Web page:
Having kidnapped Clementine’s group, he proves how much of a psychopath he is by killing Reggie, beating Alvin to within an inch of his life (if he’s still alive at this point), and bashing Kenny’s eye in.
Carver alone is one of the big reasons why “In Harm’s Way” is such a fantastic episode.
His threatening presence is constant, even when he is not on screen, and everyone is rightly afraid of him.
It is his interactions with Clementine though that probably make him the most interesting as he notices their similarities.
His ending in this episode is also great, with Kenny bashing in his face with a crowbar, which you can choose to have Clementine watch.
I just wish he had stuck around to episode four because his presence really could have fixed that awful episode.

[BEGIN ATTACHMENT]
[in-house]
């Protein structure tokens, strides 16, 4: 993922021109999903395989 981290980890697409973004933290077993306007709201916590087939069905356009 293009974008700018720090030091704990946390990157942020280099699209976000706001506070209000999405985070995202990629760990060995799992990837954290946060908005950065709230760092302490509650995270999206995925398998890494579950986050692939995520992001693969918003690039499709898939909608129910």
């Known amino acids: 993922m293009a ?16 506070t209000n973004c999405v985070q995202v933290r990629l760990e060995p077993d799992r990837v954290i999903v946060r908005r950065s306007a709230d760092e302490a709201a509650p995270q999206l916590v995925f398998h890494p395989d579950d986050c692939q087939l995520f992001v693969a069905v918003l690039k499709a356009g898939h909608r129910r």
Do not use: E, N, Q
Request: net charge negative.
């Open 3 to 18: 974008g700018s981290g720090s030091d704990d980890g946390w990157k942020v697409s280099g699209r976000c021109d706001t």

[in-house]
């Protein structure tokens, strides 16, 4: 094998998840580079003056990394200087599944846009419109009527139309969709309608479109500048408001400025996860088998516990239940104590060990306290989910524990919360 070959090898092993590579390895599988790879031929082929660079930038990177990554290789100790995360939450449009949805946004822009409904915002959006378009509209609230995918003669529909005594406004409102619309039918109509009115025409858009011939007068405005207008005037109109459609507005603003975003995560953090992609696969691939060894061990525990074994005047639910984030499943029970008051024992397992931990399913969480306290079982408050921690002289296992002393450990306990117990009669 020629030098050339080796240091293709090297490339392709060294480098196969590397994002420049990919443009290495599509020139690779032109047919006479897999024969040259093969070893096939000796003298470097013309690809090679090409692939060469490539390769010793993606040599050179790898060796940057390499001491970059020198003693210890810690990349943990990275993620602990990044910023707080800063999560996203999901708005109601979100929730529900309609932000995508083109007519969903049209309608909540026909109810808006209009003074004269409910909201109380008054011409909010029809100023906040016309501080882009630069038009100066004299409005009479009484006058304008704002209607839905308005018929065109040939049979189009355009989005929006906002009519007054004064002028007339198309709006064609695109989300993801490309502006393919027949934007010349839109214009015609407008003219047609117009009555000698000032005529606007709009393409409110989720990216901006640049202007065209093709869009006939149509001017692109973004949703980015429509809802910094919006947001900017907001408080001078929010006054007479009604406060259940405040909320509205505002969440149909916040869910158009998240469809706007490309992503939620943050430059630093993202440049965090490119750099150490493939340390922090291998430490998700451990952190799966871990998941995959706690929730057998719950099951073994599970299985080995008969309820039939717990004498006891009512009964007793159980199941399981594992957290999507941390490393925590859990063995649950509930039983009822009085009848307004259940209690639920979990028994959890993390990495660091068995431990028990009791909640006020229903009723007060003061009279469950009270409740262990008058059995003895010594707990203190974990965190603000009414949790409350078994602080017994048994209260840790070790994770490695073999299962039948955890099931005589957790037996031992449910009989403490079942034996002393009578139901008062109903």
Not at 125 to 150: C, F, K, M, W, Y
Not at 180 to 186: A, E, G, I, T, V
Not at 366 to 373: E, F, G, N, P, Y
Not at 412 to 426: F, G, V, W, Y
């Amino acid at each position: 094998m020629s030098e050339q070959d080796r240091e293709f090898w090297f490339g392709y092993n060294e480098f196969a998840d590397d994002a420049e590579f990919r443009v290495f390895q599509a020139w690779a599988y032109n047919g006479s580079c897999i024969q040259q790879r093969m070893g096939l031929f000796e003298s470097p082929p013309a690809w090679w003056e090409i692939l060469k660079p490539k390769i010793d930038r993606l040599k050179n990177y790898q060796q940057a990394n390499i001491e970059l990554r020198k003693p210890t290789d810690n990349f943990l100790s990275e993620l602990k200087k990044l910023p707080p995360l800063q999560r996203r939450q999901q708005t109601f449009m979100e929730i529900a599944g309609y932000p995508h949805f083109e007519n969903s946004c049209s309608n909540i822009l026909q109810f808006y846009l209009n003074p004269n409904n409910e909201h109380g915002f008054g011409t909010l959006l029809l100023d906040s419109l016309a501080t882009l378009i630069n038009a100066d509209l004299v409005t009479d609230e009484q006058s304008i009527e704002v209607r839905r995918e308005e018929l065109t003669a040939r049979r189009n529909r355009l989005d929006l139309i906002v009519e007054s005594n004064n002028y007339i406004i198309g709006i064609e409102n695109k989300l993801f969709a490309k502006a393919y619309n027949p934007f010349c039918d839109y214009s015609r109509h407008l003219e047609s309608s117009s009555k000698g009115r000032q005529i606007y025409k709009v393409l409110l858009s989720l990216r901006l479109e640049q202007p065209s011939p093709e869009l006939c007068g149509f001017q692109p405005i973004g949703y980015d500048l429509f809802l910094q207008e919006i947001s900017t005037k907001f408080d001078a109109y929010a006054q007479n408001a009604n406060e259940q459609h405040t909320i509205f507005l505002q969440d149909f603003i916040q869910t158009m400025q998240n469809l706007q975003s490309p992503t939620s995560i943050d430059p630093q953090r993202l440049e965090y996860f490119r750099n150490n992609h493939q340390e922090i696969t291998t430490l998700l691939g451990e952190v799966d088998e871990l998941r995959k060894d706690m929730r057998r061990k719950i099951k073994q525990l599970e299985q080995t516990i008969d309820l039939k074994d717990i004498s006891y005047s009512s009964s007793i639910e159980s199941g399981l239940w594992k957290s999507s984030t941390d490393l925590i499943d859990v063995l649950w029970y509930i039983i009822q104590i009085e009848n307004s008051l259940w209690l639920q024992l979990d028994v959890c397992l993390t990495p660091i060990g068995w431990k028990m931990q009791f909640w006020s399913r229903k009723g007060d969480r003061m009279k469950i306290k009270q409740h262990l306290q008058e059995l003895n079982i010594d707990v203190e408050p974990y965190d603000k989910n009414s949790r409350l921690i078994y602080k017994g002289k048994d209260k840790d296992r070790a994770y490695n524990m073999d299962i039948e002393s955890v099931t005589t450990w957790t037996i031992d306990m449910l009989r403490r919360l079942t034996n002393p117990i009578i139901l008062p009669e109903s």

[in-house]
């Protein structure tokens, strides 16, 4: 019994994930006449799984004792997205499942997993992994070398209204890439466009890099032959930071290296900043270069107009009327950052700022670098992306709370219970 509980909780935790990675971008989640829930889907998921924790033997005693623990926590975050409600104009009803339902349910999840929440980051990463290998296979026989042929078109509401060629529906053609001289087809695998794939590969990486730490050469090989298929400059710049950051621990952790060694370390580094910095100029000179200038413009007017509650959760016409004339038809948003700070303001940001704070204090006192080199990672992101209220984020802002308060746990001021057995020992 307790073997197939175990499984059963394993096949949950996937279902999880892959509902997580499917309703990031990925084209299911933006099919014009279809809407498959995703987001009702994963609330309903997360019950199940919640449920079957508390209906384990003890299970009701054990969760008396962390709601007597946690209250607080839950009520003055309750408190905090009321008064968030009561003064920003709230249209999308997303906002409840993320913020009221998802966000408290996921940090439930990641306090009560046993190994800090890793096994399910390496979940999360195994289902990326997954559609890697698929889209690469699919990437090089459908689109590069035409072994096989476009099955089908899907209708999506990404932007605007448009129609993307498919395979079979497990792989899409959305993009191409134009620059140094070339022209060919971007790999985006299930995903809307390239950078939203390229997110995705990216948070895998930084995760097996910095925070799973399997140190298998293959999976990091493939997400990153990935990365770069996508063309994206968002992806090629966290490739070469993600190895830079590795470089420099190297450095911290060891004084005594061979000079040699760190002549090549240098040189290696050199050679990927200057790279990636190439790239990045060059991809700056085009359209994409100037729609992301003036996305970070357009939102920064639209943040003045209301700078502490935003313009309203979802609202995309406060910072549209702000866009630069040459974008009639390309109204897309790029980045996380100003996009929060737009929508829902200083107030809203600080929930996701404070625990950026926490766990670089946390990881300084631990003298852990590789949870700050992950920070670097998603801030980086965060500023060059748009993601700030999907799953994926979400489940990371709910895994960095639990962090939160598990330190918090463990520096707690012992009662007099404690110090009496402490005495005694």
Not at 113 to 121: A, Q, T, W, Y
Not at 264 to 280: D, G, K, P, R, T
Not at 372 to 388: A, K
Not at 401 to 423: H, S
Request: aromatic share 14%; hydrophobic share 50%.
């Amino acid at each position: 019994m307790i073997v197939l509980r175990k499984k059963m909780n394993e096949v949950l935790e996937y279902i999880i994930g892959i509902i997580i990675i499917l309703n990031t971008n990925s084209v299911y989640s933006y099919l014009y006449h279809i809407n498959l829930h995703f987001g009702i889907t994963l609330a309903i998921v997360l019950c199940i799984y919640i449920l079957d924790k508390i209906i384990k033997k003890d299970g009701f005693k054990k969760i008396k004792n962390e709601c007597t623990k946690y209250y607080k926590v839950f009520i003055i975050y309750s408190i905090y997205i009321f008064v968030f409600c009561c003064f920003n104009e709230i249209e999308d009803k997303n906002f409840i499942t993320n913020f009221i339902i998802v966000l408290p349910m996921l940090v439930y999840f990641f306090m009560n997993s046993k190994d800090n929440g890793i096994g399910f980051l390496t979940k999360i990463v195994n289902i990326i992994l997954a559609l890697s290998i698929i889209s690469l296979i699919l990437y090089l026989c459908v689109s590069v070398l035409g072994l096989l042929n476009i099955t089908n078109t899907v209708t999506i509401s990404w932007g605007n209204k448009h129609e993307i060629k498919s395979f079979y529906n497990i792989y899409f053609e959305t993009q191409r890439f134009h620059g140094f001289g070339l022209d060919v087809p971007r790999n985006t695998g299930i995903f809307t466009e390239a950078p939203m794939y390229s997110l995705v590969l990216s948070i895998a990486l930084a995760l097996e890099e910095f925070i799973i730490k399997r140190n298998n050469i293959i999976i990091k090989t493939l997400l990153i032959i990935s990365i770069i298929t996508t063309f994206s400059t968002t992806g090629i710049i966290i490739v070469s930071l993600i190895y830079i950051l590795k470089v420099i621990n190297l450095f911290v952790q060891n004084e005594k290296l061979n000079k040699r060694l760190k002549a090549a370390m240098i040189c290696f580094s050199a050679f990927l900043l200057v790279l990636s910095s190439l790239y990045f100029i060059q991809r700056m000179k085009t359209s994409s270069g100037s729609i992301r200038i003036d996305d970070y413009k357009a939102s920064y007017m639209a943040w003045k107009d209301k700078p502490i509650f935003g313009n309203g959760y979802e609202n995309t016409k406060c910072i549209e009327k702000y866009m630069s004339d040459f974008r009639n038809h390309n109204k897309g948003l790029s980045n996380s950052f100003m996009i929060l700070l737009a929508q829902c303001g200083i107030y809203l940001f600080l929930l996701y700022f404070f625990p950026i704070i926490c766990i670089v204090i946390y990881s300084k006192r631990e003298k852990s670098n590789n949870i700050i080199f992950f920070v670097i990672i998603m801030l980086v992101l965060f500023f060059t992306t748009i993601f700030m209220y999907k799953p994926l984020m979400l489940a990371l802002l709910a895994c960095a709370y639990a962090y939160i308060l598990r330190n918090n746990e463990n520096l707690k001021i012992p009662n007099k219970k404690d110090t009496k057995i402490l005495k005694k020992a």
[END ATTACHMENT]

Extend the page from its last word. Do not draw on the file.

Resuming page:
Carver is not the only fantastic character this episode though as others are given the chance to shine like Alvin, who goes out in epic style.
In any case, the rest of “In Harm’s Way” is amazing as well, especially the ending, which sees the group attempting to escape through a heard of Walkers, only for Carlos to be shot and killed, causing Sarah to run off, and Sarita to be bitten.
The only downside to this episode is the choices, as they don’t really have that much of an impact.
Despite this, “In Harm’s Way” is easily season two’s best episodes.

3. Starved for Help – Season 1, Episode 2.

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The first ever episode of Telltale’s The Walking Dead, “A New Day,” was a great start to the series, and almost made it on the list, but its followup episode, “Starved for Help,” is in a league of its own.
Picking up three months after the first episode, “Starved For Help” kicks off with an intense sequence that sees Lee and his group rescue new character Ben and his friends.
Only problem is that you have to either cut off one his friends’ legs to free him from a bear trap or leave him to die.
Either way, both of Ben’s friends die, with one of them turning, revealing to the group that they are all infected and will turn into a Walker when they die, unless the brain is destroyed.